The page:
Tag Archives: townhall theatre

Fleadhed Out (in a Good Way): The Galway Film Fleadh 2010

This year I was lucky to be able to spend a whole week at the Galway Film Fleadh and I managed to see quite a few of the many intriguing Irish and international film screenings. I hadn’t volunteered with this festival before but it was pretty much business as usual: taking tickets, handing out audience award voting slips, cleaning up the venues and helping with all sorts of other events and tasks. There were some familiar volunteer faces from Guth Gafa and, as with every good festival, lots of friendly repeat volunteers. A bonus with this event was that we got vouchers for some excellent Spanish food by Cava who supplied the hospitality tent, i.e. the Rowing Club,  all week with their yummy tapas.

At the start of the fleadh I did a good few shifts in the Cinemobile (fond memories of its weekend residency in Gortahork in June), which to me always feels a bit like being on a ship, especially when it rains. You welcome the punters on board the ‘cinema vessel’ and it’s all cosy with a hundred red seats inside and the rain drumming on the roof outside. My first highlight of the week was in the Town Hall though, a late screening of Leonard Cohen: Live at the Isle of Wight 1970. While it could have done with some more creative editing, it was amazing to see the doc again, this time on a really big screen. Just a pity I couldn’t really sing along like last time in Barcelona surrounded by die hard Leonard fans, but it was lovely all the same (especially as I’ll be missing the Sligo gigs this summer, sniff).

I tried to catch as many of the documentaries as possible as that’s what I’m currently most excited about. Some very good ones indeed, many different styles and stories from all corners of the globe, each of them moving in their own unique way. Favourites included The Beholder, Kings of Pastry, The Pipe, Counting Sheep, Men Who Swim, Steam of Life, Edie & Thea: A Very Long Engagement, Exit Through The Gift Shop (about Banksy) and some of the short docs on Sunday morning such as If These Walls Could Talk, Alibi, Bow Street and Bye Bye Now. Another highlight was the panel discussion with Lee Unkrich (director) and Darla K. Anderson (producer) of Pixar’s Toy Story 3. To hear about their Brain Trust concept and the detail they put into their films (down to editing voiceovers at individual syllable level!) was pretty astonishing. Also caught a directors talk on Saturday with Dieter Auner (Counting Sheep), Dylan Williams (Men Who Swim) and Joonas Berghäll (Steam of Life) chaired by Irish documentary filmmaker Anna Rodgers. It is truly amazing how much blood, sweat and tears goes into the making of a feature documentary. The amount of dedication, resilience, passion, diplomacy and ability to fundraise needed to complete a doc is absolutely incredible and made me appreciate seeing the completed films even more.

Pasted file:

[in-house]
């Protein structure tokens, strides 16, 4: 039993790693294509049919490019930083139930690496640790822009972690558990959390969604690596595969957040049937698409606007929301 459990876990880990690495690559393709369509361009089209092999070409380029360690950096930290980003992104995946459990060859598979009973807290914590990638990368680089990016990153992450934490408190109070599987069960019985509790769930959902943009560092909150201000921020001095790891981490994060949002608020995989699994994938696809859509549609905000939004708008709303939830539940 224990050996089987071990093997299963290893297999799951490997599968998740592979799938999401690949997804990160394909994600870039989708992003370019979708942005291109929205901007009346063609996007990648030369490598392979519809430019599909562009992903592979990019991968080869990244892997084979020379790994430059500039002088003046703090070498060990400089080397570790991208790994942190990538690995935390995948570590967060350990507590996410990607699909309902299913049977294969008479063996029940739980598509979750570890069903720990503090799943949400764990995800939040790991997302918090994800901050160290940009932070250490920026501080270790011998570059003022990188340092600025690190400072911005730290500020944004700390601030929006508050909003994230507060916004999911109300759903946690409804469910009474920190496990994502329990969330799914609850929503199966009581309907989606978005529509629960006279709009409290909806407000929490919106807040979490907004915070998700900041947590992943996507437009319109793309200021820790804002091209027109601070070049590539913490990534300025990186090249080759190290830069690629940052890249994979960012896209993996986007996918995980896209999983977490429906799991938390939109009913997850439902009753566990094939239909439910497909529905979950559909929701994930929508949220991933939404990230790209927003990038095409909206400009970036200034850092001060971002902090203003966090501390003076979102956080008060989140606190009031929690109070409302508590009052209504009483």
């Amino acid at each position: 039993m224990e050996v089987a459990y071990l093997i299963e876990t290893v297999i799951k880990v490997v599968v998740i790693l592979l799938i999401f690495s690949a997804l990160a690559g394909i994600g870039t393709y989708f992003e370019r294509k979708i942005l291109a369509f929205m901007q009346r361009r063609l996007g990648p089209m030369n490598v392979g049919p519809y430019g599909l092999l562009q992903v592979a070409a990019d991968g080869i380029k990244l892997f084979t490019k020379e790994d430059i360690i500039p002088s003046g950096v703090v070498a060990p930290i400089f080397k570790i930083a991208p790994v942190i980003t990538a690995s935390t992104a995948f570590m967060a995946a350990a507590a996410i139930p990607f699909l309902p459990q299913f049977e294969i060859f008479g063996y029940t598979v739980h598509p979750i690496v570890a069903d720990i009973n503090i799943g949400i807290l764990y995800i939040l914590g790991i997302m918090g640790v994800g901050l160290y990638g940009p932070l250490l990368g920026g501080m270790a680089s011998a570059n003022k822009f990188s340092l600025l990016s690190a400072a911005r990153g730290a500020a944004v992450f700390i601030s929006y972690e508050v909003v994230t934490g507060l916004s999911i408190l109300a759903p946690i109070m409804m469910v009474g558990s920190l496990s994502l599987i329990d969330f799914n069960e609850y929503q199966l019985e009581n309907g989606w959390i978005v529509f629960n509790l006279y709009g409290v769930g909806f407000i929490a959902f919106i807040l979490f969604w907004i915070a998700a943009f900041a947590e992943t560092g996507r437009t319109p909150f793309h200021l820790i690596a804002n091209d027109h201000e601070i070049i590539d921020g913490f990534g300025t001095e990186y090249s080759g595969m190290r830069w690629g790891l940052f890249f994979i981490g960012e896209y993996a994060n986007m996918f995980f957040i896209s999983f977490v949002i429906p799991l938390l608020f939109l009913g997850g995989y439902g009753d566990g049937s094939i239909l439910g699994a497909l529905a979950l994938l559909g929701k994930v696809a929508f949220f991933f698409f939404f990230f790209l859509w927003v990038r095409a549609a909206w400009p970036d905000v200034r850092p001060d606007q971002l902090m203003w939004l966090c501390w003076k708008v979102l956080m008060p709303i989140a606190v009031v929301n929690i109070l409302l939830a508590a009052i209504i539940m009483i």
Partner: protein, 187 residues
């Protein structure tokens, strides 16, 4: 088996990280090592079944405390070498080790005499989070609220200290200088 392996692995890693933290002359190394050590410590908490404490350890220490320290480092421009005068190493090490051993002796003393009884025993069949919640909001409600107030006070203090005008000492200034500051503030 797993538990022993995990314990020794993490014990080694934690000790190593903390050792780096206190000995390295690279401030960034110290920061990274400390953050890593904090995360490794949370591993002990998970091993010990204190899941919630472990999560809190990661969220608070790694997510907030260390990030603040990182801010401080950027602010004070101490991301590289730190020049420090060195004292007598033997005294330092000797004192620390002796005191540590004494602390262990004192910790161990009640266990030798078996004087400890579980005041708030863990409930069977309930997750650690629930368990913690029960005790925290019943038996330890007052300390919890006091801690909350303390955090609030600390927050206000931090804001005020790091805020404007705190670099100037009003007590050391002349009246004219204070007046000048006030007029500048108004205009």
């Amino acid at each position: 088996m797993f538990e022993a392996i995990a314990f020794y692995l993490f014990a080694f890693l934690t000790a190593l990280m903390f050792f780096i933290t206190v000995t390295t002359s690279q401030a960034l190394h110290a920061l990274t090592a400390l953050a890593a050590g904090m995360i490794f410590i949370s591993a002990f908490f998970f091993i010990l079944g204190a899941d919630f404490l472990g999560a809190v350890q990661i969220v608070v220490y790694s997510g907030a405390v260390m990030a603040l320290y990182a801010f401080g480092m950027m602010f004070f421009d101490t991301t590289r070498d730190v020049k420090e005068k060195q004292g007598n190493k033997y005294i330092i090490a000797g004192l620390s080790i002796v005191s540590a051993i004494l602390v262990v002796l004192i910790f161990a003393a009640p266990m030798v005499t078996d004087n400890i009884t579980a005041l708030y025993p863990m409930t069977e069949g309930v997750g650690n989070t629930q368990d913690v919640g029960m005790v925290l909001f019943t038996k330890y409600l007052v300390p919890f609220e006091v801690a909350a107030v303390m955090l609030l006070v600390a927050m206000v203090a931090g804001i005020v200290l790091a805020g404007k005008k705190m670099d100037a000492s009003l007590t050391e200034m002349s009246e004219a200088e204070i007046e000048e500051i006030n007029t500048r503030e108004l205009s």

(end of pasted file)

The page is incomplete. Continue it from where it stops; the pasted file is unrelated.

I’m a bit too fleadhed out at this stage to remember much else, but some of the feature films I saw, including The Runway and The Kids Are All Right (Irish release around October I think), definitely also deserve a mention. Brendan Gleeson, who replaced Annette Bening, who had to pull out of the Galway visit due to unforseen circumstances, was a highlight as well. His public interview was as humorous, wise and warm-hearted as the man himself (thankfully there are still actors like him around, he might just be one of the very last of a pretty endangered species). Here are this year’s award winners. The party on Sunday night with Alabama 3 (sang theme tune for The Sopranos) and lots of delicious tapas and wine nicely rounded off an exciting week of fantastic films. The festival organisers seemed really happy with both the buzz around town as well as the ticket sales throughout the week. It’s so heartening to see how many people still want to see independent films and how many great quality features, docs and shorts make it to the screens every year despite the odds being very much stacked against them. This is no doubt due to the hard work and dedication of countless individuals producing, mentoring, working, directing, acting and organising behind and in front of the camera who never seem to tire of keeping the magic of filmmaking alive for all of us. Bless them!